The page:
Forearm fractures are common injuries in the pediatric population. Successful treatment of these fractures should result in complication-free functional pronosupination. Traditionally, these have been treated with closed reduction and casting, but the last several decades have seen a dramatic increase in the operative treatment of these fractures. However, little high-level evidence exists to guide management. The data from the limited set of studies available suggest that closed treatment does usually result in satisfactory outcomes, particularly in younger patients; operative fixation is usually successful as well but comes with a significantly increased complication rate. The ideal study to aid in evidence-based decision-making for pediatric forearm fractures would be a randomly controlled trial comparing closed reduction and casting versus intramedullary nailing versus plating; in children ranging from 8 years old to skeletally mature; with closed forearm fractures, complete or greenstick with >20 degrees of angulation; with a minimum of 5 years of follow-up (or to maturity); with the primary outcome defined as final pronation and supination; using an validated functional outcome tool; and precisely defining the complications from each treatment.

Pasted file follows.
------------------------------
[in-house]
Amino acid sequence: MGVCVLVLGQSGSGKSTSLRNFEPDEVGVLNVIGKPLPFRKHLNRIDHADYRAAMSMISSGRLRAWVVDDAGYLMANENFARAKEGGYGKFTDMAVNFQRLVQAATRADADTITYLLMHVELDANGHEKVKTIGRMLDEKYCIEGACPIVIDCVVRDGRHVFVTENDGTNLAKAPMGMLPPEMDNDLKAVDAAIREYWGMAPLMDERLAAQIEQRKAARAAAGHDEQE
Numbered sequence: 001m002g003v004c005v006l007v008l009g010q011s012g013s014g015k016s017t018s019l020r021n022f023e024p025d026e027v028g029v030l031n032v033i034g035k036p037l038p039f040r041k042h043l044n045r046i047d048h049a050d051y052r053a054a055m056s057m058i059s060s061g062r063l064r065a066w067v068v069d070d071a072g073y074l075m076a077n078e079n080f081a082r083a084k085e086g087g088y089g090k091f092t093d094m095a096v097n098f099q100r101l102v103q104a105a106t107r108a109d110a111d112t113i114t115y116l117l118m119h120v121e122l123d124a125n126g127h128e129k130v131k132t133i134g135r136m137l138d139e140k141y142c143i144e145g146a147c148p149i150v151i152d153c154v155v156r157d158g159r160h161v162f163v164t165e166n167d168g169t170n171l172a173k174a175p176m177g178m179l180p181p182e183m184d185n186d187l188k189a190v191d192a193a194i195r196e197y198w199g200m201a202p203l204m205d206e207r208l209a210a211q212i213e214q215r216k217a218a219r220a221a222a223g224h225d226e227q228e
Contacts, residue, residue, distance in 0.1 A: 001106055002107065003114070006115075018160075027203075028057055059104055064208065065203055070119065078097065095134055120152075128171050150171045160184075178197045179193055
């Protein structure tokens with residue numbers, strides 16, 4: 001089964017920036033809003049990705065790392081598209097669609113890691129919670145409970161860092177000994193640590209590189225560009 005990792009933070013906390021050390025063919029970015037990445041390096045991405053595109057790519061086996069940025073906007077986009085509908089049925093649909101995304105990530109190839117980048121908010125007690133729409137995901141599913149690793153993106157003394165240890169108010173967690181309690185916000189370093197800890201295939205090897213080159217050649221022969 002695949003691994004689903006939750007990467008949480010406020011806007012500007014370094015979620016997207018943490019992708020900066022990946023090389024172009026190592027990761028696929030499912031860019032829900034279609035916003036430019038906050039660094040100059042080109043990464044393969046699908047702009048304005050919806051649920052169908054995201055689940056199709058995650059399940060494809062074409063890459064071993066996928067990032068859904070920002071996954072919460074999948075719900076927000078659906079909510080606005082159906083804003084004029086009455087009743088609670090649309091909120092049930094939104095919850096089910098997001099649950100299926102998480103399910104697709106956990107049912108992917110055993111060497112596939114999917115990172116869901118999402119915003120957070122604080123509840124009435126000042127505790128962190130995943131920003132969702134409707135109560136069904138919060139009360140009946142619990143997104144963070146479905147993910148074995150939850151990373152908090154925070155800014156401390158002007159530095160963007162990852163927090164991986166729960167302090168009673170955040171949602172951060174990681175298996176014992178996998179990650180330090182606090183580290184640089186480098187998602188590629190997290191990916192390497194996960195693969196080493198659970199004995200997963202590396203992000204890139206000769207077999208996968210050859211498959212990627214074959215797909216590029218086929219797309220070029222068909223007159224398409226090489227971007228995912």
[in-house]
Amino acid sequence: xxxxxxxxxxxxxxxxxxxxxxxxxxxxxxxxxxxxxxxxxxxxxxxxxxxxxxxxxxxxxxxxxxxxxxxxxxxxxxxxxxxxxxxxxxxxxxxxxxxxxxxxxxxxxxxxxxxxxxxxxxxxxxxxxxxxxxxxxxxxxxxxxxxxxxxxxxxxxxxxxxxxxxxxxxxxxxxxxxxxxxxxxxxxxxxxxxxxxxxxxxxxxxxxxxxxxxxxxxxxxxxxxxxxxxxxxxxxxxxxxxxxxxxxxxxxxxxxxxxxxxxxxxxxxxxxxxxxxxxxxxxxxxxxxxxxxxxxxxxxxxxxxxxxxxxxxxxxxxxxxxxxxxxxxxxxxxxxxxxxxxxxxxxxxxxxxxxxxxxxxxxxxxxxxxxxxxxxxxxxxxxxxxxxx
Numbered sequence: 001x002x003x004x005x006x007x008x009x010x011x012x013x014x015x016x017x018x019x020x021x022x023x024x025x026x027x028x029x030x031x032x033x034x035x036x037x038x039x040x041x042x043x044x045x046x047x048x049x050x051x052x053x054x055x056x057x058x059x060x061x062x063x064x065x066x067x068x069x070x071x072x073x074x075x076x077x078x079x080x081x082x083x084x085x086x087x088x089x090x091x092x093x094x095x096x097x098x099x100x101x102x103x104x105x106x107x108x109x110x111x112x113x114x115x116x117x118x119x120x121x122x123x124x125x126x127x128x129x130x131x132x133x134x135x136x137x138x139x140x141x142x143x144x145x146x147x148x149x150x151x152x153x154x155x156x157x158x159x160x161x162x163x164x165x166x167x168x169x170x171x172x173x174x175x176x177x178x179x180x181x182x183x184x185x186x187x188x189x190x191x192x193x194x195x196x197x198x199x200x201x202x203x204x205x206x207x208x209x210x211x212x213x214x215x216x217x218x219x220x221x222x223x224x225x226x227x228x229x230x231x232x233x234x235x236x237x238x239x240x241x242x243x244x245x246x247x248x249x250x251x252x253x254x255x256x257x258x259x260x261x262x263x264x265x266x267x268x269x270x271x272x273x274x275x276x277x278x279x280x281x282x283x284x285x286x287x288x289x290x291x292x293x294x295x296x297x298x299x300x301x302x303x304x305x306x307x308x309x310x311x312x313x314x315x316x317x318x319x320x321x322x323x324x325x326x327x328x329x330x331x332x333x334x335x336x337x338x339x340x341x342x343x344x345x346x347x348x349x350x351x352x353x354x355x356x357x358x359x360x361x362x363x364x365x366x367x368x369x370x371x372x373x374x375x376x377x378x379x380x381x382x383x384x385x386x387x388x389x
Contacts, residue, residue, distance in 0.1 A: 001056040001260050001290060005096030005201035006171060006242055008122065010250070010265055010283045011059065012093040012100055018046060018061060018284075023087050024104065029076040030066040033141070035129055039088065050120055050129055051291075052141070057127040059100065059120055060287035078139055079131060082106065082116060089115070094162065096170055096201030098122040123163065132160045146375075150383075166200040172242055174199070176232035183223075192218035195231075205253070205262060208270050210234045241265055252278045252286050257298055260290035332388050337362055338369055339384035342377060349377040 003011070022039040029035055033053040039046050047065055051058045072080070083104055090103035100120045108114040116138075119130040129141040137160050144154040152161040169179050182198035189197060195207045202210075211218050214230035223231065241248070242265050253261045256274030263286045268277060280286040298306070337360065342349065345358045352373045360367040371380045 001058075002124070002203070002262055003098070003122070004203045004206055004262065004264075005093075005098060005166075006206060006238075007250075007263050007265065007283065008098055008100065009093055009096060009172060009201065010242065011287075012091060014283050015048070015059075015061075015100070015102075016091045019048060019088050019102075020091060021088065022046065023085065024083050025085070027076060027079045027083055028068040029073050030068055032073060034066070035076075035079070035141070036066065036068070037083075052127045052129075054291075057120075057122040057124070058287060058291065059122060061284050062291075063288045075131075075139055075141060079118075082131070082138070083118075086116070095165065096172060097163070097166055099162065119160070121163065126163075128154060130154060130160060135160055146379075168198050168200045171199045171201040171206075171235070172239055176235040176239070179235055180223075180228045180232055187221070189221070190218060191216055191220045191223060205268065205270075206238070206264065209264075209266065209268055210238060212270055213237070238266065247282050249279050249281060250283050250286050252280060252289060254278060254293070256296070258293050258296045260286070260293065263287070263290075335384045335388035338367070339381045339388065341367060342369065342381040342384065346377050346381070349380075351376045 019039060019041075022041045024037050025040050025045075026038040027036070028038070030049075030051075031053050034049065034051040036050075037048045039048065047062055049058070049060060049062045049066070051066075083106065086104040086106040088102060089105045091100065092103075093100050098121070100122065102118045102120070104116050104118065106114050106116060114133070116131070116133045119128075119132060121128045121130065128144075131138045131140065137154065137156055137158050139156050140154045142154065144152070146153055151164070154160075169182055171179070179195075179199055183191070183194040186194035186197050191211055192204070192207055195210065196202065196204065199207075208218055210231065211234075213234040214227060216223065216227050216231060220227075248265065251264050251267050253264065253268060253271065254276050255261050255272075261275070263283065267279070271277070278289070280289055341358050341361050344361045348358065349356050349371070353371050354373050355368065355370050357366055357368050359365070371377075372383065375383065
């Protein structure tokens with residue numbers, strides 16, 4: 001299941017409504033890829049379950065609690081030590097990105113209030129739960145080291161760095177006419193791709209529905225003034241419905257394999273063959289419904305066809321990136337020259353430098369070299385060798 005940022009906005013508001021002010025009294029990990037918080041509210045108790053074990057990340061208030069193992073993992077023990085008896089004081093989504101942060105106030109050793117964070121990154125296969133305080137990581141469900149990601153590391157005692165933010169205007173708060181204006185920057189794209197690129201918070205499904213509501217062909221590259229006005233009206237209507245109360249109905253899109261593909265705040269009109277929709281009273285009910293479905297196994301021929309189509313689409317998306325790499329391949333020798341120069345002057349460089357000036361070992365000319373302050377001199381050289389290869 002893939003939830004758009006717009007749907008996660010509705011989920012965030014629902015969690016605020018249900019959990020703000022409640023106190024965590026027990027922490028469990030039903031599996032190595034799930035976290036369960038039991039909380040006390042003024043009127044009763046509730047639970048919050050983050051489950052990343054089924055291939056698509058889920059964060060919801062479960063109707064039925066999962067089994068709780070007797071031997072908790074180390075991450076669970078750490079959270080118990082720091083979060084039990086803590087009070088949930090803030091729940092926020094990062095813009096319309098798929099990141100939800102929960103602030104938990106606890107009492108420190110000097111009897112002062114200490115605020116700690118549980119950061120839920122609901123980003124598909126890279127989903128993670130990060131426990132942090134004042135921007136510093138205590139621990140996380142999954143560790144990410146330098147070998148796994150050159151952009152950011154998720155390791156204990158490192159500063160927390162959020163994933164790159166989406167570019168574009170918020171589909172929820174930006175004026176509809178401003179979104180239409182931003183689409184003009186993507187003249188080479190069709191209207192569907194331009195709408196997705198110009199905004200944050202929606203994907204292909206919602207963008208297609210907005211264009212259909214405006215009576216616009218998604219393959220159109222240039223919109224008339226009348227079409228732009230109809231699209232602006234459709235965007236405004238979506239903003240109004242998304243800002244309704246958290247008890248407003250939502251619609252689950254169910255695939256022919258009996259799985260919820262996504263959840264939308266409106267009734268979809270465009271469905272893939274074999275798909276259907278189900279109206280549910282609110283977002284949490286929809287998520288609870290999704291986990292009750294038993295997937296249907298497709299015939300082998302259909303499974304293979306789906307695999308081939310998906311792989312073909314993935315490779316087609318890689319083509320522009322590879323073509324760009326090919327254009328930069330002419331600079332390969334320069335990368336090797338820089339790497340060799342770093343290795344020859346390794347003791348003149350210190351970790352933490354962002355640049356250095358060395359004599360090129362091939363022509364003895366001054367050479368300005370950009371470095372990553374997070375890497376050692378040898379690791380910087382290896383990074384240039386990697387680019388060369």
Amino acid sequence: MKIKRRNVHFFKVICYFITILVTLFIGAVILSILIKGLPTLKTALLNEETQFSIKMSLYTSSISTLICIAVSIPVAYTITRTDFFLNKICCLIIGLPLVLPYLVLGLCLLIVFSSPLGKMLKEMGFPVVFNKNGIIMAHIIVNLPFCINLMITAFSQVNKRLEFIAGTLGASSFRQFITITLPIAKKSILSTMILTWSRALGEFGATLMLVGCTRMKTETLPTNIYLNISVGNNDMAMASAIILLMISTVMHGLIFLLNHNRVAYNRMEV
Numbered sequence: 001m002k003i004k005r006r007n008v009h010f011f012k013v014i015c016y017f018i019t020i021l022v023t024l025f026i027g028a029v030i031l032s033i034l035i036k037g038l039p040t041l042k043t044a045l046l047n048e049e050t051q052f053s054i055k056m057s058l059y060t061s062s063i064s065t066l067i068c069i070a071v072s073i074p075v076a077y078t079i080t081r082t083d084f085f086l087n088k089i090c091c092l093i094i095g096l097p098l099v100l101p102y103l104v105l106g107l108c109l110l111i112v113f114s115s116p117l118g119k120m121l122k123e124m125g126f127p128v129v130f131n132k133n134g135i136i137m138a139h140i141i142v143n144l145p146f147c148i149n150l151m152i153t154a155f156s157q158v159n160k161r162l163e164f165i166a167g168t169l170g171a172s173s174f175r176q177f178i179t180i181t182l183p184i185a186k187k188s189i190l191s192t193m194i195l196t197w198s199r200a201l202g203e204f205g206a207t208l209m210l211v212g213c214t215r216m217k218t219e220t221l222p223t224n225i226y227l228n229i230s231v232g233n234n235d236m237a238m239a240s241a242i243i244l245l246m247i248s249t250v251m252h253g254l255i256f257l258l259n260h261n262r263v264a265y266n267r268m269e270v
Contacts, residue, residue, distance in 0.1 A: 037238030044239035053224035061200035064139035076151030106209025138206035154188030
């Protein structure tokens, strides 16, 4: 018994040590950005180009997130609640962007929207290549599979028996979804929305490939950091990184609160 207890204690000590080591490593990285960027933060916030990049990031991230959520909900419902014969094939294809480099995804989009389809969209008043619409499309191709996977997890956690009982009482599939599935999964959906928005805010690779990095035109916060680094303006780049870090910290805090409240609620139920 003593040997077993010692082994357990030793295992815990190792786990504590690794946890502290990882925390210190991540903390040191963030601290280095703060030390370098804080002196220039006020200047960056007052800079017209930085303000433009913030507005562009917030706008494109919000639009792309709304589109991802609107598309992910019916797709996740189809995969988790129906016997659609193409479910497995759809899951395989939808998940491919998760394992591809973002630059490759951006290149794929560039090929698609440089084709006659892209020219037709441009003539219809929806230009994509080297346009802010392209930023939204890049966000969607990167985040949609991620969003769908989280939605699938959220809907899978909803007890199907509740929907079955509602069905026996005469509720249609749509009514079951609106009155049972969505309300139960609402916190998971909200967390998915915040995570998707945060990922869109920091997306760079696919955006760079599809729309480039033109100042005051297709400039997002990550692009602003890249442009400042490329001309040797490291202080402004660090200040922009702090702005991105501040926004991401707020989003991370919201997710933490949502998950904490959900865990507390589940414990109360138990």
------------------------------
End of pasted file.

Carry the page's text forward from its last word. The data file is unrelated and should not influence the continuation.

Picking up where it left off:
*Division of Orthopaedic Surgery, The Children’s Hospital of Philadelphia, Philadelphia, PA
†American Family Children’s Hospital, Madison, WI
Performed at the Children’s Hospital of Philadelphia, Philadelphia, PA.
The authors declare no conflict of interest.
Reprint: John M. Flynn, MD, Division of Orthopaedic Surgery, The Children’s Hospital of Philadelphia, 34th and Civic Center Blvd., Philadelphia, PA 19104. E-mail: email@example.com.